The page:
Gaikai Cloud Gaming Platform Sold to Sony for $380 Million
Ever since Dave Perry started his big push in the media for Gaikai, seasoned analysts could see a distinctive pattern – this will be the year of sale or the last funding series ahead of the IPO. In the end, it was the first one, with Sony winning the bidding war alongside quite a few interested parties.
There is no doubt in our mind that David “Dave” Perry is an industry legend with several multi-million titles that came from the era before gaming became “larger than Hollywood”. Four years ago, he started an adventure called Gaikai i.e. a cloud gaming service which would harness the power of GPUs to run multiple virtual instances of the same game and give the high-end gaming experience to everybody.
For example, Gaikai technology was able to virtualize six instances of World of Warcraft onto the single Kepler-based GPU, presumably GeForce GTX 680. Naturally, the problem with pixel streaming services was that in order to serve, let’s say a million WoW gamers you would need to have – in the very best case scenario – 166,666 GPUs. For some other games, they were able to run from eight to twelve instances. Now, while we know of two cases where future Tesla GPUs will be deployed in a similar volume, you can be sure that those supercomputers won’t be used for gaming.
Thus, when we heard the announcement between Gaikai and Samsung, it was clear to us that there is a bidding war going on for the company, and the biggest question was – who will provide the biggest ROI to the investors that backed the project since 2008, as well as who will expand the service.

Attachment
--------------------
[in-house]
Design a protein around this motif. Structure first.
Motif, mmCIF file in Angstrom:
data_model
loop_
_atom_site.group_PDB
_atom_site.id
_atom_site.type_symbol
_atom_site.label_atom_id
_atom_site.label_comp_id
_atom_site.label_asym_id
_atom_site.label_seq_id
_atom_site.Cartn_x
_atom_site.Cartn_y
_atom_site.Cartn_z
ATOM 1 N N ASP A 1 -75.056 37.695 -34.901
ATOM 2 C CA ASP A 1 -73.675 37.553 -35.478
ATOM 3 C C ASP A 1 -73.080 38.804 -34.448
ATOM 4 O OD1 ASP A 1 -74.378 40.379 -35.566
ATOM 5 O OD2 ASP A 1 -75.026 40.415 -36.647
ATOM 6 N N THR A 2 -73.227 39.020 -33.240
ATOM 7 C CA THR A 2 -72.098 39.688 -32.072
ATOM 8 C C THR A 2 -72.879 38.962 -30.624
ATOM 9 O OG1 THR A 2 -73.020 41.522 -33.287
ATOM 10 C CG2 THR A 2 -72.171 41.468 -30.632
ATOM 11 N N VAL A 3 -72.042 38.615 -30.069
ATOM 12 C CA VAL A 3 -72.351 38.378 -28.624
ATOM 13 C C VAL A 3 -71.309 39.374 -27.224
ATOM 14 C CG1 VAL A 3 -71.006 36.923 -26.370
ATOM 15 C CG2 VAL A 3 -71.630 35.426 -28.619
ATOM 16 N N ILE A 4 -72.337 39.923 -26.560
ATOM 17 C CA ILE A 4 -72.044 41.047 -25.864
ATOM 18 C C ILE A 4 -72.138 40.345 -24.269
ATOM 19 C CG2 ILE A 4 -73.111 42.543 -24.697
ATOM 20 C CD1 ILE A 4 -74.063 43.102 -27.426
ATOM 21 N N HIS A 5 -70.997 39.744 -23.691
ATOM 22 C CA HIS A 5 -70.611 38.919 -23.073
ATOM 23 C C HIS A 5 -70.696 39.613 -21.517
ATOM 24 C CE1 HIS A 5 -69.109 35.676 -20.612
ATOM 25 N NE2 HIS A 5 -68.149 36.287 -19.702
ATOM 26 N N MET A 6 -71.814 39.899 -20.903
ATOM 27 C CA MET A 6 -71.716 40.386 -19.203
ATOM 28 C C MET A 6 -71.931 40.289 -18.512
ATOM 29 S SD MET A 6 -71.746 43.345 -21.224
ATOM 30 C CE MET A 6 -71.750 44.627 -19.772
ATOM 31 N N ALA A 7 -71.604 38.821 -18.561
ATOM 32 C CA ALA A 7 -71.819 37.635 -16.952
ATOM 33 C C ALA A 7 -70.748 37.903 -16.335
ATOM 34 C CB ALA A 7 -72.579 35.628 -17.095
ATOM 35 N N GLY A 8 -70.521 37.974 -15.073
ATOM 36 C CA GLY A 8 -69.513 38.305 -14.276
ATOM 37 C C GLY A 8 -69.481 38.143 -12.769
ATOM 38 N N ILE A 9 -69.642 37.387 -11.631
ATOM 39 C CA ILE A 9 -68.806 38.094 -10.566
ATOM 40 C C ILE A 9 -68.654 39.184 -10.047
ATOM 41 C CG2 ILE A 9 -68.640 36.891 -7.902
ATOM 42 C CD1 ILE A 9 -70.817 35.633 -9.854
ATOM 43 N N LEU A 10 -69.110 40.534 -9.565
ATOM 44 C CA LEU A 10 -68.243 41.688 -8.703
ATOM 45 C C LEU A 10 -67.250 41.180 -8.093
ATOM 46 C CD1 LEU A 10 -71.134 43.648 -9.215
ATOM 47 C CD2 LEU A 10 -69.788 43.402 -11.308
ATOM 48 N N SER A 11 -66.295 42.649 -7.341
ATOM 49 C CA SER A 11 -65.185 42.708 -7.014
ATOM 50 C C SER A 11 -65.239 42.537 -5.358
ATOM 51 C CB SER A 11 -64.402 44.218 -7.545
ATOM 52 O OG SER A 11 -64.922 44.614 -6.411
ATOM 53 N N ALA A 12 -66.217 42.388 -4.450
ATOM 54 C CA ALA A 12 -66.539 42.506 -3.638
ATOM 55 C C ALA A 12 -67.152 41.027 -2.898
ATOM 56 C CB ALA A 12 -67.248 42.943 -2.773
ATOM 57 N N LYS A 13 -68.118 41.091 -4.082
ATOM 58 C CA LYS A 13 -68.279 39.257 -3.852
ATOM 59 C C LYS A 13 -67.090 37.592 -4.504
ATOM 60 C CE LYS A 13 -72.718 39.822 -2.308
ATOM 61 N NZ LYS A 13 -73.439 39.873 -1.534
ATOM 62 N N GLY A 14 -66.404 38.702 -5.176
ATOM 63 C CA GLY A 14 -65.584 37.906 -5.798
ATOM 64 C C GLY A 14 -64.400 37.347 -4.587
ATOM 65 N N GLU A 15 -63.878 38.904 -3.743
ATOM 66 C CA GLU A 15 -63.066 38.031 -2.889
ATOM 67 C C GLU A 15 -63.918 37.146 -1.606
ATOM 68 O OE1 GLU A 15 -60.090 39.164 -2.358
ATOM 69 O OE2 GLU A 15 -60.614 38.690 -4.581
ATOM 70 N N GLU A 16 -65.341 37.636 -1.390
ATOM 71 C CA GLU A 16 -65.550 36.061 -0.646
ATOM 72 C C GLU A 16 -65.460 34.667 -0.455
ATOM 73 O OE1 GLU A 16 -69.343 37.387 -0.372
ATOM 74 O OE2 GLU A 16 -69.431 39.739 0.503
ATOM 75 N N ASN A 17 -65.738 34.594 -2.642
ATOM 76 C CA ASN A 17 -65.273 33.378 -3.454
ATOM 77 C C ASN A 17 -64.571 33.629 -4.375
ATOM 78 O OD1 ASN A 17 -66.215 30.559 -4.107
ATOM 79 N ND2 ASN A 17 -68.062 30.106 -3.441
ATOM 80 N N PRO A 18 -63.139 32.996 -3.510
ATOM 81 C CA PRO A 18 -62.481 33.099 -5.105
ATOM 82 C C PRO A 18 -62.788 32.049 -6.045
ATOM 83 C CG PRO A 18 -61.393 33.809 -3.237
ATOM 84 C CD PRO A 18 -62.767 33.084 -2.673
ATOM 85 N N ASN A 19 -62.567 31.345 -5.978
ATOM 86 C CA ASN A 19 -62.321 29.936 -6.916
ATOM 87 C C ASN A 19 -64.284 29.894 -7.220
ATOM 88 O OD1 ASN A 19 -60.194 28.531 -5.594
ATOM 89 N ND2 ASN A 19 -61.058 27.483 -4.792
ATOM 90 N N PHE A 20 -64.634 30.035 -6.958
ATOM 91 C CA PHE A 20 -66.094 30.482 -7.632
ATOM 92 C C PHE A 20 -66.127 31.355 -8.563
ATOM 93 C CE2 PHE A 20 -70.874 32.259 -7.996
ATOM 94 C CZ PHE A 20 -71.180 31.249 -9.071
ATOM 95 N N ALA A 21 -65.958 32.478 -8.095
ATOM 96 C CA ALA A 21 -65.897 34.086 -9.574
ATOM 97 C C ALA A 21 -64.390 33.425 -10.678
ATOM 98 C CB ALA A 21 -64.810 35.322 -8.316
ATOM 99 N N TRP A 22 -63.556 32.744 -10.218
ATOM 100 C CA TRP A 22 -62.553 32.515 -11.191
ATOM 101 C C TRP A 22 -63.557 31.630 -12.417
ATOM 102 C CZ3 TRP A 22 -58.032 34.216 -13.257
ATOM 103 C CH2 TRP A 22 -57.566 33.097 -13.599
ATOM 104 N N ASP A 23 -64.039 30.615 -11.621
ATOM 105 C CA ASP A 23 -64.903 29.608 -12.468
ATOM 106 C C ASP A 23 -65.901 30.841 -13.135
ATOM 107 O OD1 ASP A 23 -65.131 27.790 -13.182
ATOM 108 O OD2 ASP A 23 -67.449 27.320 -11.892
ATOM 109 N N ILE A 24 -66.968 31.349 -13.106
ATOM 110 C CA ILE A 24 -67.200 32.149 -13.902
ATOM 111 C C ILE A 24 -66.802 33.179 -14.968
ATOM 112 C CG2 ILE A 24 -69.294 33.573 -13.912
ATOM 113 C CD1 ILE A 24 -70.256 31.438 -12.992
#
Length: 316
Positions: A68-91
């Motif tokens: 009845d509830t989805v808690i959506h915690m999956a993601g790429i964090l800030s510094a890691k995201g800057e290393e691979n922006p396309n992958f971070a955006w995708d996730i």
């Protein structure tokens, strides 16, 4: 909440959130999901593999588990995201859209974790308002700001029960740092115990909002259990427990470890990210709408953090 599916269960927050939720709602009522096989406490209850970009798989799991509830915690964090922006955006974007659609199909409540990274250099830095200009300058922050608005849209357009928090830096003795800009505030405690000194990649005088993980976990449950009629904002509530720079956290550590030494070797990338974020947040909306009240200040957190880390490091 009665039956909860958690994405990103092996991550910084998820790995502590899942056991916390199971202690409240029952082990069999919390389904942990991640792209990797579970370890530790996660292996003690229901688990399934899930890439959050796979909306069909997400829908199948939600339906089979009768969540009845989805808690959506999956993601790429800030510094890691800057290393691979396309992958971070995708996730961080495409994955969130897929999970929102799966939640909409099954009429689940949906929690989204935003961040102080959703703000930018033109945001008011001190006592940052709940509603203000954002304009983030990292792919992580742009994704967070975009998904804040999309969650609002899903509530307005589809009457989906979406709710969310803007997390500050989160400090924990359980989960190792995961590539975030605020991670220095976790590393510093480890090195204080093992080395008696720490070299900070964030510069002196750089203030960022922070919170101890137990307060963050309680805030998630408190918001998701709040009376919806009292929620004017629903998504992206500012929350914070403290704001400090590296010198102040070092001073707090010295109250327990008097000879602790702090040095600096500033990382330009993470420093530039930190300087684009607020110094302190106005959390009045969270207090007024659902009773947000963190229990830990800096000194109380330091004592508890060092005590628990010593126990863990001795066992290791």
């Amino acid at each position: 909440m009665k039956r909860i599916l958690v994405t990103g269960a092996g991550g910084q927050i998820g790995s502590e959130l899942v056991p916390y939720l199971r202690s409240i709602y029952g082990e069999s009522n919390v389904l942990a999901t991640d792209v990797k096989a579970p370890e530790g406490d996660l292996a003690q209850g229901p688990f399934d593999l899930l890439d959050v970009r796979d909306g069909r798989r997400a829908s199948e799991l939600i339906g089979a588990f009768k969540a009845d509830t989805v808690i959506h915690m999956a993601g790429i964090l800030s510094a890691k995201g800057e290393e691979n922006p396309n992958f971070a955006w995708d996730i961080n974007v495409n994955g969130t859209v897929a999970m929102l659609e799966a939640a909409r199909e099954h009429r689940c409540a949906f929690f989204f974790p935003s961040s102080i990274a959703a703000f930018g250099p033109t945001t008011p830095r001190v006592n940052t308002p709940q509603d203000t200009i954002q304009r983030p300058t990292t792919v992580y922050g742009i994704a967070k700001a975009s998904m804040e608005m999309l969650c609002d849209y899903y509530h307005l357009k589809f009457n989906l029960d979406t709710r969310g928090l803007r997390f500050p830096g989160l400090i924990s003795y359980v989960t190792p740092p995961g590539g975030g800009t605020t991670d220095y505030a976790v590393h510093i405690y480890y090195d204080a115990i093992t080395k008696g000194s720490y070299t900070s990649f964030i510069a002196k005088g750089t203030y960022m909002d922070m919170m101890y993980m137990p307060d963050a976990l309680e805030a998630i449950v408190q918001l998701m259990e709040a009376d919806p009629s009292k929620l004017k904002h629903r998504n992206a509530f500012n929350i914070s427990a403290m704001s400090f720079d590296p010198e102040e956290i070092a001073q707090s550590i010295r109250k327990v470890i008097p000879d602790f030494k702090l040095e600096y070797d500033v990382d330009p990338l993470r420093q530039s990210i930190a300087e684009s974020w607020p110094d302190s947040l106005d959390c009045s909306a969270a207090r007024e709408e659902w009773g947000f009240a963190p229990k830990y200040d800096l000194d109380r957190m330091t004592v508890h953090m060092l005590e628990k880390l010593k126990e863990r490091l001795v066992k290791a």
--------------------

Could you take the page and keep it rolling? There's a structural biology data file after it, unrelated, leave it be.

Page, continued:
The answer to that is no other than Sony Computer Entertainment. While Sony has laid low following one of the biggest security disasters of our time (70 million accounts stolen), the company wants to come back swinging into profitability, and it is obvious that SCE believes Gaikai is the “Secret Sauce” the company needs to win over tens of millions of gamers.
Also, big winners are investment groups and companies such as Benchmark Capital, Intel Capital, Limelight Networks, NEA, Qualcomm, Rustic Canyon Partners and TriplePoint Capital. Even though it is not mentioned, we were informed that some players at NVIDIA are also quite happy with the acquisition as there were some green people funds involved in not just one, but several funds which invested in Gaikai.
What we find especially funny though, is that the executives at Sony Computer Entertainment specifically denied any takeover attempt. However, we all know when the big companies are lying e.g. deceiving the general audience and its own investors in order to outbid the competitor, which in this case was – Samsung. The Korean CE giant was very close to Gaikai and announced quite a substantial “get together” at the Electronic Entertainment Expo held in early July in Los Angeles, CA.